EDITOR’S NOTE: In December, we like to take a look back at albums we didn’t get around to reviewing earlier in the year. Black Pumas was released in June.
The Grammy nominations came out recently, and the “Best New Artist” category was quite interesting. You had some obvious top-of-the-charts choices like Lizzo, Billie Eilish, Lil Nas X, and Latin superstar Rosalia. You’ve got buzzworthy NPR faves like Yola, Tank and the Bangas, and Maggie Rogers. Then you have the Black Pumas.
The Grammy nom is a high-profile boost for the Austin, Texas-based duo of singer Eric Burton and guitarist/producer Adrian Quesada. And it’s much deserved, as the Black Pumas’ eponymous debut LP, released this past June, is phenomenal. Black Pumas takes gritty Southern soul (think Hi Records in the 1970s) and wraps it in a modern sheen, creating something that’s simultaneously familiar and fresh.
That modern-retro dynamic hits you in the gut from the beginning with opening track “Black Moon Rising.” Burton sounds like the hybrid successor of Al Green and Bill Withers, crooning over a Quesada soundscape that would feel right at home in Wu-Tang Clan founder RZA’s score to Kill Bill Vol. 1.
As collaborators Quesada and Burton have a natural-sounding chemistry, the latter’s slight rasp perfect on the gospel-infused, string-laden ballad like “Stay Gold” and the simmering, horn-driven funk of “Fire.” And Quesada’s skills as a composer and producer are crucial in creating sonic backdrops ideally suited for a vocalist like Burton that manage to evoke ’60s and ’70s soul without falling into the trap of becoming a pastiche of the material it references.
“Colors,” the album’s swirling second song, is the finest example of how the Black Pumas rearrange and mix together sounds. There are elements of the blues, socially conscious soul a la Curtis Mayfield, and a sturdy rhythm that’s as indebted to the past as it is to modern hip-hop and R&B. The song’s majestic sweep and structure offers up a platform for Burton to utilize the full range of his vocals, and he takes full advantage, using both his low-key croon and a delicate falsetto to great effect.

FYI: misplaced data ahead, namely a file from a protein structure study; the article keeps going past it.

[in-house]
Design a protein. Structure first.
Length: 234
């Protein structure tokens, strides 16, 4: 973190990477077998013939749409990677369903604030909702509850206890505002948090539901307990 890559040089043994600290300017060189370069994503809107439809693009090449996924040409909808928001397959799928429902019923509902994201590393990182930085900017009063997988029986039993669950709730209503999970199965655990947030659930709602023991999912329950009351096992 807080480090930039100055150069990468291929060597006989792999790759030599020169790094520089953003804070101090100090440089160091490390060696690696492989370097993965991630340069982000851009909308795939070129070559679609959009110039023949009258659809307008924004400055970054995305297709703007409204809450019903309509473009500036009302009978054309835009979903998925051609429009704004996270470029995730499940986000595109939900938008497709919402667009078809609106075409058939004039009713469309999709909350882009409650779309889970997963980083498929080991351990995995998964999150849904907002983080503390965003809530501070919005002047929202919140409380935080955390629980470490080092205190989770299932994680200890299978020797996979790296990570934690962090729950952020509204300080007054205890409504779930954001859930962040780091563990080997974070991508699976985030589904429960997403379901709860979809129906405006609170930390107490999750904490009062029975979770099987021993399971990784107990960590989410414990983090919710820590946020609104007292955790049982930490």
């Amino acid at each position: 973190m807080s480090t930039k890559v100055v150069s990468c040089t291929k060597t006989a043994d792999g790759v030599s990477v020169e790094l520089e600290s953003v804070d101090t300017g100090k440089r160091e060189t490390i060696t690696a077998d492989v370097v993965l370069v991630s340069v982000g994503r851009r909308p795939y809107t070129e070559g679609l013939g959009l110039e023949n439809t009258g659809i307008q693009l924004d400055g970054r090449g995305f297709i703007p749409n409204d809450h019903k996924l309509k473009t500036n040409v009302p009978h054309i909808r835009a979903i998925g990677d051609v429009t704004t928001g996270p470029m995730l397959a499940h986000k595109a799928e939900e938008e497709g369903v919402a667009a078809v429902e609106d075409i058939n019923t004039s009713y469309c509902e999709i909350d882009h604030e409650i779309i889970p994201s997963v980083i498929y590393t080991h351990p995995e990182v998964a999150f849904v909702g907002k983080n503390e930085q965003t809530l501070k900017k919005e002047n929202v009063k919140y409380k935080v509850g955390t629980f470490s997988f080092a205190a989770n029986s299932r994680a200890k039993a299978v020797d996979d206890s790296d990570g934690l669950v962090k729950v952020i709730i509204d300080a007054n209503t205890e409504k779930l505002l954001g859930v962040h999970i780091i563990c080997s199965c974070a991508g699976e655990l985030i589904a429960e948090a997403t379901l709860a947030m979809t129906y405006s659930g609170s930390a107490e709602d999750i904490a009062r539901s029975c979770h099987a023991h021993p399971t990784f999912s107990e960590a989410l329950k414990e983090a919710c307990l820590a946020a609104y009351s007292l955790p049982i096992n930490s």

On “Confines,” Quesada anchors the song with a jazz-influenced drum beat that provides a nice contrast to its subtle, bluesy piano-and-guitar licks and sensational string arrangements. Burton nails his delivery and floats in neatly over the top, which helps maximize both the dramatic effect of the music and his words.
The Black Pumas throw a curveball on the LP’s final number, “Sweet Conversations.” It’s acoustic-based, light, dreamy. The song is a tasteful little capper on Black Pumas and reveals that there’s even more musical avenues the group can travel down in the future.
With 10 songs and the album clocking in at a touch less than 40 minutes, Black Pumas is a tight, fast-moving affair. It’s also one of the most pleasing listening experiences of the year. Between this release and the Grammy nomination, the Black Pumas are worth checking out and getting to know.